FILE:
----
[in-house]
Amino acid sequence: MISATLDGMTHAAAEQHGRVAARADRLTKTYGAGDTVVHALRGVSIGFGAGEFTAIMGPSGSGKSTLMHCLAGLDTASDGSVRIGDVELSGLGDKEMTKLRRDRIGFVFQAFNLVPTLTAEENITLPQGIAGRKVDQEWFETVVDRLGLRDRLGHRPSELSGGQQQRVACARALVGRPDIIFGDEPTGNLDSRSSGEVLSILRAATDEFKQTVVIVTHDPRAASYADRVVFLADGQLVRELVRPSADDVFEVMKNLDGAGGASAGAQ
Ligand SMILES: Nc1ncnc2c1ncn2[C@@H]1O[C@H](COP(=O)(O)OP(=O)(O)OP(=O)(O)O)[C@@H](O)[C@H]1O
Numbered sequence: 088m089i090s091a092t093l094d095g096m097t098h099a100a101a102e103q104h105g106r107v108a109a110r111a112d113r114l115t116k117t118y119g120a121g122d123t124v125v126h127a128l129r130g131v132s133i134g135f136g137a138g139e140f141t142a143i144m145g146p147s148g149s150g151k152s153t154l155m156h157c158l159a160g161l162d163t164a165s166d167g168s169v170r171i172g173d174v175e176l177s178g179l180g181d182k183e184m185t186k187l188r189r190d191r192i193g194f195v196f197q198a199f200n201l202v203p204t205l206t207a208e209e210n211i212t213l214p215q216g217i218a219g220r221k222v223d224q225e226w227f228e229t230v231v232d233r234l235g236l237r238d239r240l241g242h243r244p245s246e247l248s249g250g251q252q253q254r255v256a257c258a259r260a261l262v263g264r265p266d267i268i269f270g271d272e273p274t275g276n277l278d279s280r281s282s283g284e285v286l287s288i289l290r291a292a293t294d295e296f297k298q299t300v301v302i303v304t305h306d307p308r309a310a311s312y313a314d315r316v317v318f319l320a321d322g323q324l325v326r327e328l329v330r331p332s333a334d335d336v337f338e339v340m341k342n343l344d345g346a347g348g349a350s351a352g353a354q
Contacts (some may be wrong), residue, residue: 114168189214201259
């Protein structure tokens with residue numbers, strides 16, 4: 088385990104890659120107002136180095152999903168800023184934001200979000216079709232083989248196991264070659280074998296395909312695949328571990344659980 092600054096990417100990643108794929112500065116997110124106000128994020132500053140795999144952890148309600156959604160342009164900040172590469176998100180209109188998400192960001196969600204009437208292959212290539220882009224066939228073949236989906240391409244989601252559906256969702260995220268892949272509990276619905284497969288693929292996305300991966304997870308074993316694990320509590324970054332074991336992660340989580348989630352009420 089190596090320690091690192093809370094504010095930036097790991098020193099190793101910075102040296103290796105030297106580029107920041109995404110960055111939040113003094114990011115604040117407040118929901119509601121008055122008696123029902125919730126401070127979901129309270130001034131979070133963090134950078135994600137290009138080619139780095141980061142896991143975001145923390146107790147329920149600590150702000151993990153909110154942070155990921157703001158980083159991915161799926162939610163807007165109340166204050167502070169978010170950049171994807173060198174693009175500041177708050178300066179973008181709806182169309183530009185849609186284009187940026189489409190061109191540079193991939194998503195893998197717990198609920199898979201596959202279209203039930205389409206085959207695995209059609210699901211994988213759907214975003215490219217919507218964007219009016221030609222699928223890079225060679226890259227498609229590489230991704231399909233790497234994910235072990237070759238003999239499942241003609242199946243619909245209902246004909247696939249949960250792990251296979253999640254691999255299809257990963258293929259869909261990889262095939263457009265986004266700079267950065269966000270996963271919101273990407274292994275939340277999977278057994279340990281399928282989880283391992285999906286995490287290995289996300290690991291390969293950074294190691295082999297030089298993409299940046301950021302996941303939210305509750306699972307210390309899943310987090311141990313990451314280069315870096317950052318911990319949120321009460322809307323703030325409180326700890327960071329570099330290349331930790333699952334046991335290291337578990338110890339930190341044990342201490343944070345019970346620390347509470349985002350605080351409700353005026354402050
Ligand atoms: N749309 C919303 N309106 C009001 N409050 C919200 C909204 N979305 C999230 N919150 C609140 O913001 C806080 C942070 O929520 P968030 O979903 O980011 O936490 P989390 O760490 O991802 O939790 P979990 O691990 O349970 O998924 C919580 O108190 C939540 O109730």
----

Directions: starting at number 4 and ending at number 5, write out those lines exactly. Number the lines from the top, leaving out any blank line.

Numbered sequence: 088m089i090s091a092t093l094d095g096m097t098h099a100a101a102e103q104h105g106r107v108a109a110r111a112d113r114l115t116k117t118y119g120a121g122d123t124v125v126h127a128l129r130g131v132s133i134g135f136g137a138g139e140f141t142a143i144m145g146p147s148g149s150g151k152s153t154l155m156h157c158l159a160g161l162d163t164a165s166d167g168s169v170r171i172g173d174v175e176l177s178g179l180g181d182k183e184m185t186k187l188r189r190d191r192i193g194f195v196f197q198a199f200n201l202v203p204t205l206t207a208e209e210n211i212t213l214p215q216g217i218a219g220r221k222v223d224q225e226w227f228e229t230v231v232d233r234l235g236l237r238d239r240l241g242h243r244p245s246e247l248s249g250g251q252q253q254r255v256a257c258a259r260a261l262v263g264r265p266d267i268i269f270g271d272e273p274t275g276n277l278d279s280r281s282s283g284e285v286l287s288i289l290r291a292a293t294d295e296f297k298q299t300v301v302i303v304t305h306d307p308r309a310a311s312y313a314d315r316v317v318f319l320a321d322g323q324l325v326r327e328l329v330r331p332s333a334d335d336v337f338e339v340m341k342n343l344d345g346a347g348g349a350s351a352g353a354q
Contacts (some may be wrong), residue, residue: 114168189214201259